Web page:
LOS ANGELES – Democratic presidential hopefuls are heading west, not looking for votes so much as mining for campaign cash from California's mother lode — Hollywood (search).
But most of Hollywood's big stars are keeping their mouths and checkbooks shut.
Sen. John Edwards (search) of North Carolina, one of many aiming to challenge President Bush in 2004, took an early lead in overall fund-raising but has yet to attract any big-name donors in Tinseltown.
"To the extent that you have visible public figures that the American people recognize supporting your campaign, that's helpful. And obviously, there's nobody that's more visible than those involved in the entertainment industry here in Hollywood," Edwards said.
Industry analysts suspect Hollywood stars are waiting for Democratic front-runners to emerge before they put money toward any candidate.
"This is the early courtship phase, when lots of people are having a lot of meals, it's very good for the restaurant industry in Los Angeles, as all the candidates come through town and have conversations with the people who could ultimately back them," said Martin Kaplan, director of the Norman Lear Center in Los Angeles.
But some Hollywood faces are vocalizing support for their picks already.
"I've known Howard Dean (search) now for almost 10 years and it's one reason why he's going to win, because he's a man of his word," said actor and director Rob Reiner.
But Reiner is an exception in his early support of the former Vermont governor, one of the party's most liberal contenders.
"Howard Dean has become somebody who has emerged as someone that, if you're passionate about somebody who says what he thinks, who stands for traditional Democratic values, that he's the guy," Kaplan said.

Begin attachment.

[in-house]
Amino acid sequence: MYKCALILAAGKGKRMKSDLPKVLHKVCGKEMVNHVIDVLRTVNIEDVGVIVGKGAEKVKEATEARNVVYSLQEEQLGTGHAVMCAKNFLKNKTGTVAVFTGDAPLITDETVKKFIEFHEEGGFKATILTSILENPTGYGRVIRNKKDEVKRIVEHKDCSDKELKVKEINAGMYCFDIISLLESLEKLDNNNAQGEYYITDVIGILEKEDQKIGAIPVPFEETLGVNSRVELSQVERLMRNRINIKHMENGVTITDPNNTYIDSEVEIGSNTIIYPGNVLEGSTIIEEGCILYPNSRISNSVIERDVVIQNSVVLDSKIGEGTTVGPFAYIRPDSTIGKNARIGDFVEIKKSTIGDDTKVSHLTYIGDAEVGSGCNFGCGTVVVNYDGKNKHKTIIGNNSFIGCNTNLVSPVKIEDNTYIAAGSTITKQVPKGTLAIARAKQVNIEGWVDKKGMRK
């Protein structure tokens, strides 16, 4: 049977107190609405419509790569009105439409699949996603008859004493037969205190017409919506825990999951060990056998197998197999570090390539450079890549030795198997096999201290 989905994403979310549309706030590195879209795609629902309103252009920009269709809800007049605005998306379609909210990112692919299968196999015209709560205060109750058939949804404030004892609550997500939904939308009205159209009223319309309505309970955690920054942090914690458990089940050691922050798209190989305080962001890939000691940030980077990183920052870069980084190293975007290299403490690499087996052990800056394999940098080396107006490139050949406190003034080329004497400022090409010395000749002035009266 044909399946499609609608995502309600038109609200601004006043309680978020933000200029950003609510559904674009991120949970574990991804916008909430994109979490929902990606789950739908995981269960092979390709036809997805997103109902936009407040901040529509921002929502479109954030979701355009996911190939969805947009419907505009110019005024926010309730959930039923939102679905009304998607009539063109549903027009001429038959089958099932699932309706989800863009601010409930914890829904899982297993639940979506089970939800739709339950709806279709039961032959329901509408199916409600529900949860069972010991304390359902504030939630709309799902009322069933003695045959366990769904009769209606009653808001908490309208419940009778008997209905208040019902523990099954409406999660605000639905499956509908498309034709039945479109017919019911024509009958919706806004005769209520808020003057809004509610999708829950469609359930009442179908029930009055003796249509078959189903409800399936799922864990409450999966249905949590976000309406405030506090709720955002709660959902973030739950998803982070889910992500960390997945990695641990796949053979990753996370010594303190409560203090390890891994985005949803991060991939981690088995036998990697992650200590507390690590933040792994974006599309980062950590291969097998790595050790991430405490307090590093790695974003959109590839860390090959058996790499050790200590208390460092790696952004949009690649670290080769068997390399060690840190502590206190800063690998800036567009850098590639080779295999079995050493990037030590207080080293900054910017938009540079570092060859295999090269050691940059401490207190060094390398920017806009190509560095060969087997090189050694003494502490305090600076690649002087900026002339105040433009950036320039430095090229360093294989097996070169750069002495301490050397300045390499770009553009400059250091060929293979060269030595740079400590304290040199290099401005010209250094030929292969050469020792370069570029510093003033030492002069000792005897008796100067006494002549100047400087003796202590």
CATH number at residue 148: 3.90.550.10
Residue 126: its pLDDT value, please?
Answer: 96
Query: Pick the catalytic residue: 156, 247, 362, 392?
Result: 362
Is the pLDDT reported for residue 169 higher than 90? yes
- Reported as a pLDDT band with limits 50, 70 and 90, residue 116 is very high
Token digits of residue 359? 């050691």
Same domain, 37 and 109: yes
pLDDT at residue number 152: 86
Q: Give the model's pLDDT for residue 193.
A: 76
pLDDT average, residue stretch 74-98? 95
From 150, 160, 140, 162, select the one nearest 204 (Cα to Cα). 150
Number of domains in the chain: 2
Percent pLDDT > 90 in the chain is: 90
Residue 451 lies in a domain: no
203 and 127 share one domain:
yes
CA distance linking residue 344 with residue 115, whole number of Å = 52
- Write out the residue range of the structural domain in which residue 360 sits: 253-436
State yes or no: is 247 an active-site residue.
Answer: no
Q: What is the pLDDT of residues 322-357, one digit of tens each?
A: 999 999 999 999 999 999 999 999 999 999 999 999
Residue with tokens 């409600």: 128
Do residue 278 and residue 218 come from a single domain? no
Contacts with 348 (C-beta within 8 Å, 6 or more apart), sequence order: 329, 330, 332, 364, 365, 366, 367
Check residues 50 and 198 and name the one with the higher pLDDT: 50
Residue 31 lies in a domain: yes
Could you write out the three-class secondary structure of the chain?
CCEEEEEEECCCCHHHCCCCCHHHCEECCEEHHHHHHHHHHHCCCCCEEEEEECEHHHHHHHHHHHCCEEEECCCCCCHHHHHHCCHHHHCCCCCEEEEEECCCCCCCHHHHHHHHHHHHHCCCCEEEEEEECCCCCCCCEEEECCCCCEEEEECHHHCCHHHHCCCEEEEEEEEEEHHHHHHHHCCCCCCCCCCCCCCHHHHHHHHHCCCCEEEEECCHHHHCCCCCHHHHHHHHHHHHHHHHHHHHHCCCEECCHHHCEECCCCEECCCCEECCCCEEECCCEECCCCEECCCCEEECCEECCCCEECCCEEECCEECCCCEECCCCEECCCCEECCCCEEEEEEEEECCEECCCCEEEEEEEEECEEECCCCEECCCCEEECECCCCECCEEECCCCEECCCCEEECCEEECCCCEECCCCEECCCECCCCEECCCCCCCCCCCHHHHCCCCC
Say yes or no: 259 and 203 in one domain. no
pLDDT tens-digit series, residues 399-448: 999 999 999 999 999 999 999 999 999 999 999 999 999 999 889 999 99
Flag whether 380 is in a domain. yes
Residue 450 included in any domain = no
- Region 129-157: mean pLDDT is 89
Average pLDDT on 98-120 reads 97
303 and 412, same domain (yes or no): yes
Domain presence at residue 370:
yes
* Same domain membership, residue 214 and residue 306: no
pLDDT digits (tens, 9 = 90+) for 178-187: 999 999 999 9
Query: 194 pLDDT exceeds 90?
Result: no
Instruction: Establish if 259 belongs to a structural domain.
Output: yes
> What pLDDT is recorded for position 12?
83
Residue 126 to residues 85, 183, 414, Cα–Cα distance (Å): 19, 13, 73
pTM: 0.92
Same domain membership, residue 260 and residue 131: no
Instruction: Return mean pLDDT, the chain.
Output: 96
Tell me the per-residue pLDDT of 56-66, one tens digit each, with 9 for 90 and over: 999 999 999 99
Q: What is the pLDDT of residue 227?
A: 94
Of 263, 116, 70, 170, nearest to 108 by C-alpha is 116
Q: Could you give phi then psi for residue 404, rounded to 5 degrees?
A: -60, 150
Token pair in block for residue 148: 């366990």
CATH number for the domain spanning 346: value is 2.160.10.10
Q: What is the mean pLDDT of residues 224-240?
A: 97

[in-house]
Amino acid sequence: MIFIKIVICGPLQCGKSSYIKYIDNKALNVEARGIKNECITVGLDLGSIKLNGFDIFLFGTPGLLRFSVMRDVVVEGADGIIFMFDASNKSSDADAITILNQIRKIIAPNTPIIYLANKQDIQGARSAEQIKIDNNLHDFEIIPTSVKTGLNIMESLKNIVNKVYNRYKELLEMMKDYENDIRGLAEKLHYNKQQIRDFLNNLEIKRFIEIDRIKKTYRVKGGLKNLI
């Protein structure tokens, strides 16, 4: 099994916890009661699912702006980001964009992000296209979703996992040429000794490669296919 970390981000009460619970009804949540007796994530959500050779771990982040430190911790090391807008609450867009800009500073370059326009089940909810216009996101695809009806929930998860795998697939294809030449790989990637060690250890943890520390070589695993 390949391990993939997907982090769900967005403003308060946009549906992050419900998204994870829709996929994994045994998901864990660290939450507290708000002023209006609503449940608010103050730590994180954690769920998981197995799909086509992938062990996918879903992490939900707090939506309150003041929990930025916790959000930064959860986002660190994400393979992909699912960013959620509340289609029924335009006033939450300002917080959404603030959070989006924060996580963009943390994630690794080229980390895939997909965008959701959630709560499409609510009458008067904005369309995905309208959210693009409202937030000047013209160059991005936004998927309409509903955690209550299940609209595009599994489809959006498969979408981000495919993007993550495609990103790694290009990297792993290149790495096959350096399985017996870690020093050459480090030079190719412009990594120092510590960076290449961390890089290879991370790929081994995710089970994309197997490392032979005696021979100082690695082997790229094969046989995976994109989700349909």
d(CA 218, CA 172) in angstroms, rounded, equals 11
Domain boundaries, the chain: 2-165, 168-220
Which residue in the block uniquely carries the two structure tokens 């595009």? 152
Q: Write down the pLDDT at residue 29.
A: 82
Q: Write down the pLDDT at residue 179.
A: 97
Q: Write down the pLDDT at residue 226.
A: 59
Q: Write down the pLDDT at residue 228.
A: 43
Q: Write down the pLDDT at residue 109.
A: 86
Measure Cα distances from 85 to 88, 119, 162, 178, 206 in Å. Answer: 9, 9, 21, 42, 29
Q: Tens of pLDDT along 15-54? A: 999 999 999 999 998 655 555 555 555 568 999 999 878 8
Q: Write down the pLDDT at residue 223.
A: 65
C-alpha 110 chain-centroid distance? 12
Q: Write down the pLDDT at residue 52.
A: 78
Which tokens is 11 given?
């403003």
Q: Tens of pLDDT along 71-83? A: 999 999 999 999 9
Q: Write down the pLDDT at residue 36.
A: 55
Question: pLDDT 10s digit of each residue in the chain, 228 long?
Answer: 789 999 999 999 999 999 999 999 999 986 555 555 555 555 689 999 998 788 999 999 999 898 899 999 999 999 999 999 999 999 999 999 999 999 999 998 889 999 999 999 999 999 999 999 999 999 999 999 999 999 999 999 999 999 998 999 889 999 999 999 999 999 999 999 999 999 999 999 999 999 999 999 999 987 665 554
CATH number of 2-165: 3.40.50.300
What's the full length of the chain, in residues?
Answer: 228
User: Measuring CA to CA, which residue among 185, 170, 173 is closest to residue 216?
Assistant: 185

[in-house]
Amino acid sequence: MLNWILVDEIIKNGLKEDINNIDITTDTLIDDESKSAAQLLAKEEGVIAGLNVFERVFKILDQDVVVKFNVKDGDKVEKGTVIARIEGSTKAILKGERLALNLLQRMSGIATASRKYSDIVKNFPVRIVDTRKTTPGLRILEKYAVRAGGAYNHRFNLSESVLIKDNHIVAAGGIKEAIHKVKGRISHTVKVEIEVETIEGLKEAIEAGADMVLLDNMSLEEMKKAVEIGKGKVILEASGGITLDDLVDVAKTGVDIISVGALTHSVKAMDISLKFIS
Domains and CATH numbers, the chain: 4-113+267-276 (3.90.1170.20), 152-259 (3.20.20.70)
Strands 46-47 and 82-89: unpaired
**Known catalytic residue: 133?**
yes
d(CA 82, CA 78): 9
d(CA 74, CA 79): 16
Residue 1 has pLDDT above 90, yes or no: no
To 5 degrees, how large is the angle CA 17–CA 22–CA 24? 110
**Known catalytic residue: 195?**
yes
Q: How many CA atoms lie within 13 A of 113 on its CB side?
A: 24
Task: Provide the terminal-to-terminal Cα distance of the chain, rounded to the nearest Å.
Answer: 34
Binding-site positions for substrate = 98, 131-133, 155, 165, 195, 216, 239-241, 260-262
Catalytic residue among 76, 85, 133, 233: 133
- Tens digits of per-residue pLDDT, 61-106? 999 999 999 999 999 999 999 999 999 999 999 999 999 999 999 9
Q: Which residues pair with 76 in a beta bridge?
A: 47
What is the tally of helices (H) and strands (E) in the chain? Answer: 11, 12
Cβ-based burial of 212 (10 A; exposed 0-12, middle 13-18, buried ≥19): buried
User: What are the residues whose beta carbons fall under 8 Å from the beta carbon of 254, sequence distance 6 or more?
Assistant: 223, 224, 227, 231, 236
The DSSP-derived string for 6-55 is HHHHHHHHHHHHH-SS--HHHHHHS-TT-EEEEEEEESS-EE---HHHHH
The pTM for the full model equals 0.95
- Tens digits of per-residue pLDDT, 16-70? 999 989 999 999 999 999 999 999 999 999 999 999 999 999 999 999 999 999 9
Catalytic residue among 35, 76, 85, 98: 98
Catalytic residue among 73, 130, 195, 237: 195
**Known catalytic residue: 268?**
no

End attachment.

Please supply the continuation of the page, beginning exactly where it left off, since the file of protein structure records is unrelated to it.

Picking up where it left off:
Sen. John Kerry of Massachusetts, another Democratic candidate who could win the nomination based on name recognition, has attracted more muted support and money from celebrities such as Alec Baldwin and Melanie Griffith. Will and Grace star Debra Messing recently hosted a fund-raiser for Al Gore's 2000 running mate and current presidential hopeful, Sen. Joe Lieberman of Connecticut.
Kerry has raked in the most from Hollywood so far, with Dick Gephardt, the congressman from Missouri, not far behind. Edwards is the third biggest recipient of the industry's money.
As of March 31, Kerry's campaign had received over $159,000 from television, music, and movie businesses. The senator has over $7 million in campaign funds, according to the Center for Responsive Politics.
The entertainment industry is ranked in the top five when it comes to political donations, making rubbing elbows at celebrity fundraisers more than just a glamorous way to get publicity.
Gephardt has received over $101,000 from television, music, and movie businesses, as of March 31, CRP reports, making that industry the fifth largest donor to this candidate. The former House Democratic leader has almost $6 million in his war chest.
Edwards has about $7.4 million in his war chest, $74,500 of which is from the entertainment industry. That industry ranks ninth on the list of Edwards' top industry contributors.
Dean has over $2.6 million on hand, $64,710 of which is from Hollywood, making it the sixth-largest contributor to the former governor's campaign.
Lieberman, who has infuriated many in the entertainment industry for his hard-line stance against violence in movies, video games and song lyrics, has received almost $30,000 of his total $3 million in contributions so far from Hollywood, making that industry his 14th-largest contributor.
Florida Democratic Sen. Bob Graham has been the beneficiary of almost $11,000 from that industry. He has a little over $1.1 million in campaign funds.
According to the Center for Responsive Politics, corporations like Goldman Sachs, Lehman Brothers, Anheuser-Busch and AOL Time Warner are in the top 25 for the top donors to Democratic presidential candidates. But with its deep pockets, Hollywood's rich and famous can provide a vital boost to a campaign by both showing their faces and their checkbooks.
Fox News' Liza Porteus and Anita Vogel contributed to this report.